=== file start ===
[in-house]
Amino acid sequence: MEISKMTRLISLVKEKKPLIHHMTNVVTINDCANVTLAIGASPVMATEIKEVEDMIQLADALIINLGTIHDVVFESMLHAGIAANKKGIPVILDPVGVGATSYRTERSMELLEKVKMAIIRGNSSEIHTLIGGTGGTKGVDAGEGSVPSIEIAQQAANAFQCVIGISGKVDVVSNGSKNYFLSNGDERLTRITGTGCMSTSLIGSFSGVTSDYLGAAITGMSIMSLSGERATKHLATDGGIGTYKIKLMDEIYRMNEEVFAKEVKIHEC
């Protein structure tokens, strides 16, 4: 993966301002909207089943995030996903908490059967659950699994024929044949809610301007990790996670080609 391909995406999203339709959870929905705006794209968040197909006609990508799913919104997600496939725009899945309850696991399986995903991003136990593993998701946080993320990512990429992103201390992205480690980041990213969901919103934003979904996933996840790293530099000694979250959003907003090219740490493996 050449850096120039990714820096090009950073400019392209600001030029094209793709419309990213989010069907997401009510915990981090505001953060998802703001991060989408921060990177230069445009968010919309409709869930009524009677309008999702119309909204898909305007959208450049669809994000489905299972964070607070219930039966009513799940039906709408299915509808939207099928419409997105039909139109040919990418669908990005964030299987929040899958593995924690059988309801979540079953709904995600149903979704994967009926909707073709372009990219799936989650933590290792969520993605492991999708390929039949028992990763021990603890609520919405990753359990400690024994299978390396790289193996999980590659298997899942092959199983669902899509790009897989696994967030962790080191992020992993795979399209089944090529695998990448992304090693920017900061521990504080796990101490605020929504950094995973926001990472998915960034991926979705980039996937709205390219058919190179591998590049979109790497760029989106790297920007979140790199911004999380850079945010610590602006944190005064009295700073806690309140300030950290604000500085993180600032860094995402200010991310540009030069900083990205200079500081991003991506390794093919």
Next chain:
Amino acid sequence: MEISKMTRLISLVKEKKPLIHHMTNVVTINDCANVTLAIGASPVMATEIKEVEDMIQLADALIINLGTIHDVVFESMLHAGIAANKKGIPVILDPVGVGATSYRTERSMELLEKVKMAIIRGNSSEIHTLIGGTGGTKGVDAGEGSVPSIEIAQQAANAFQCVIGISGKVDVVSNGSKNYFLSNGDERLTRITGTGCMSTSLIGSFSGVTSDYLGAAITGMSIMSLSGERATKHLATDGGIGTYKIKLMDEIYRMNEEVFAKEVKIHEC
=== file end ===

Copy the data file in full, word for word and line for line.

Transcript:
[in-house]
Amino acid sequence: MEISKMTRLISLVKEKKPLIHHMTNVVTINDCANVTLAIGASPVMATEIKEVEDMIQLADALIINLGTIHDVVFESMLHAGIAANKKGIPVILDPVGVGATSYRTERSMELLEKVKMAIIRGNSSEIHTLIGGTGGTKGVDAGEGSVPSIEIAQQAANAFQCVIGISGKVDVVSNGSKNYFLSNGDERLTRITGTGCMSTSLIGSFSGVTSDYLGAAITGMSIMSLSGERATKHLATDGGIGTYKIKLMDEIYRMNEEVFAKEVKIHEC
């Protein structure tokens, strides 16, 4: 993966301002909207089943995030996903908490059967659950699994024929044949809610301007990790996670080609 391909995406999203339709959870929905705006794209968040197909006609990508799913919104997600496939725009899945309850696991399986995903991003136990593993998701946080993320990512990429992103201390992205480690980041990213969901919103934003979904996933996840790293530099000694979250959003907003090219740490493996 050449850096120039990714820096090009950073400019392209600001030029094209793709419309990213989010069907997401009510915990981090505001953060998802703001991060989408921060990177230069445009968010919309409709869930009524009677309008999702119309909204898909305007959208450049669809994000489905299972964070607070219930039966009513799940039906709408299915509808939207099928419409997105039909139109040919990418669908990005964030299987929040899958593995924690059988309801979540079953709904995600149903979704994967009926909707073709372009990219799936989650933590290792969520993605492991999708390929039949028992990763021990603890609520919405990753359990400690024994299978390396790289193996999980590659298997899942092959199983669902899509790009897989696994967030962790080191992020992993795979399209089944090529695998990448992304090693920017900061521990504080796990101490605020929504950094995973926001990472998915960034991926979705980039996937709205390219058919190179591998590049979109790497760029989106790297920007979140790199911004999380850079945010610590602006944190005064009295700073806690309140300030950290604000500085993180600032860094995402200010991310540009030069900083990205200079500081991003991506390794093919």
Next chain:
Amino acid sequence: MEISKMTRLISLVKEKKPLIHHMTNVVTINDCANVTLAIGASPVMATEIKEVEDMIQLADALIINLGTIHDVVFESMLHAGIAANKKGIPVILDPVGVGATSYRTERSMELLEKVKMAIIRGNSSEIHTLIGGTGGTKGVDAGEGSVPSIEIAQQAANAFQCVIGISGKVDVVSNGSKNYFLSNGDERLTRITGTGCMSTSLIGSFSGVTSDYLGAAITGMSIMSLSGERATKHLATDGGIGTYKIKLMDEIYRMNEEVFAKEVKIHEC